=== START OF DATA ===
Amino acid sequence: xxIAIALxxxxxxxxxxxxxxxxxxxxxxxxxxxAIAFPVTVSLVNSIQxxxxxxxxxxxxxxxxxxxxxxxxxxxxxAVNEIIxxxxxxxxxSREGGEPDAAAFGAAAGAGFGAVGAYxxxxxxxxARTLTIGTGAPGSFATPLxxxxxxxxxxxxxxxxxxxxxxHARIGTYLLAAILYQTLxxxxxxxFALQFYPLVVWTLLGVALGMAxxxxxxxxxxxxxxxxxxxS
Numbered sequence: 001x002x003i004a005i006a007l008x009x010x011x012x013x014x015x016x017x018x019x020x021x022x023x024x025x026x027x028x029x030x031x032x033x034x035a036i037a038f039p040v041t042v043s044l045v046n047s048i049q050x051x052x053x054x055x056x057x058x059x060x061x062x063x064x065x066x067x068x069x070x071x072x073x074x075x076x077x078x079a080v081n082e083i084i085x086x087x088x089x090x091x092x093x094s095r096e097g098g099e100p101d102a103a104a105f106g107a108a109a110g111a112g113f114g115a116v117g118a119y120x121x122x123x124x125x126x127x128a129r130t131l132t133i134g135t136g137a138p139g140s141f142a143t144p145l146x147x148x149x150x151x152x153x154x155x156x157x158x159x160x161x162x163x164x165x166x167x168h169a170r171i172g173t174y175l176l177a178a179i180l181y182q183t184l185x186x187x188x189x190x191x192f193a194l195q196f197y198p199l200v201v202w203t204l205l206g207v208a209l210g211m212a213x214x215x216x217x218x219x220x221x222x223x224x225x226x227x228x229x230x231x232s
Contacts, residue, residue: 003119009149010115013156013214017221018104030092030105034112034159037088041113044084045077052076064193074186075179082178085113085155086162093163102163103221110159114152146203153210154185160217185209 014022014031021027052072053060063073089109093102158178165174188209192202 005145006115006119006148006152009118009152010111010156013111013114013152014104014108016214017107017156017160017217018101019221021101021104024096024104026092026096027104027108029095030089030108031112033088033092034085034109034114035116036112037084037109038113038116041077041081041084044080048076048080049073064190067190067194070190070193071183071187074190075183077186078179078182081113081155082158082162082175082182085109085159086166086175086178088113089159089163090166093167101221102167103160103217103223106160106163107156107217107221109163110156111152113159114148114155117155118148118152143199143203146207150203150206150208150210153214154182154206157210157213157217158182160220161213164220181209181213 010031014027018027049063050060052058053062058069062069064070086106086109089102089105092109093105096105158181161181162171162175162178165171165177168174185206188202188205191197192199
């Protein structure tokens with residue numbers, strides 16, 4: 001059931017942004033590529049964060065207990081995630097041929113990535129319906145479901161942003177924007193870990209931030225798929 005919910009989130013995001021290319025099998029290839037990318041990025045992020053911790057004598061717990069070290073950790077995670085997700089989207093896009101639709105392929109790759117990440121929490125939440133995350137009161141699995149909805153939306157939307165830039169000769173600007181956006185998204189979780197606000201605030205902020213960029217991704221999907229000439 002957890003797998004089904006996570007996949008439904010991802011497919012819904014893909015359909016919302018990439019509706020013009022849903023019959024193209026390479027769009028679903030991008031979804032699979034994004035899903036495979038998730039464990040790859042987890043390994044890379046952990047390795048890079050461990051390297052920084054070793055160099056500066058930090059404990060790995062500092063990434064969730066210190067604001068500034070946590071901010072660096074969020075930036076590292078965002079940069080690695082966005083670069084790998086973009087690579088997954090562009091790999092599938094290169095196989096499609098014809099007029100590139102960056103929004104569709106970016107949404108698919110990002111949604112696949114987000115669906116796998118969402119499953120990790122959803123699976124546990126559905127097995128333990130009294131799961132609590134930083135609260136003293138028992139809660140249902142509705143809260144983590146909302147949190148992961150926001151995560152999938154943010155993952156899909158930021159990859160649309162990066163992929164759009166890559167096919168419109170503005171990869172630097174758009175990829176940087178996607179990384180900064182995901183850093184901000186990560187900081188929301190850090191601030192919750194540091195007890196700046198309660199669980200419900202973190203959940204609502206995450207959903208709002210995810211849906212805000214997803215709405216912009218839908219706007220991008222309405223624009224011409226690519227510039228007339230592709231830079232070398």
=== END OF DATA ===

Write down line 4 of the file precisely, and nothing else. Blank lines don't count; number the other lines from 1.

């Protein structure tokens with residue numbers, strides 16, 4: 001059931017942004033590529049964060065207990081995630097041929113990535129319906145479901161942003177924007193870990209931030225798929 005919910009989130013995001021290319025099998029290839037990318041990025045992020053911790057004598061717990069070290073950790077995670085997700089989207093896009101639709105392929109790759117990440121929490125939440133995350137009161141699995149909805153939306157939307165830039169000769173600007181956006185998204189979780197606000201605030205902020213960029217991704221999907229000439 002957890003797998004089904006996570007996949008439904010991802011497919012819904014893909015359909016919302018990439019509706020013009022849903023019959024193209026390479027769009028679903030991008031979804032699979034994004035899903036495979038998730039464990040790859042987890043390994044890379046952990047390795048890079050461990051390297052920084054070793055160099056500066058930090059404990060790995062500092063990434064969730066210190067604001068500034070946590071901010072660096074969020075930036076590292078965002079940069080690695082966005083670069084790998086973009087690579088997954090562009091790999092599938094290169095196989096499609098014809099007029100590139102960056103929004104569709106970016107949404108698919110990002111949604112696949114987000115669906116796998118969402119499953120990790122959803123699976124546990126559905127097995128333990130009294131799961132609590134930083135609260136003293138028992139809660140249902142509705143809260144983590146909302147949190148992961150926001151995560152999938154943010155993952156899909158930021159990859160649309162990066163992929164759009166890559167096919168419109170503005171990869172630097174758009175990829176940087178996607179990384180900064182995901183850093184901000186990560187900081188929301190850090191601030192919750194540091195007890196700046198309660199669980200419900202973190203959940204609502206995450207959903208709002210995810211849906212805000214997803215709405216912009218839908219706007220991008222309405223624009224011409226690519227510039228007339230592709231830079232070398």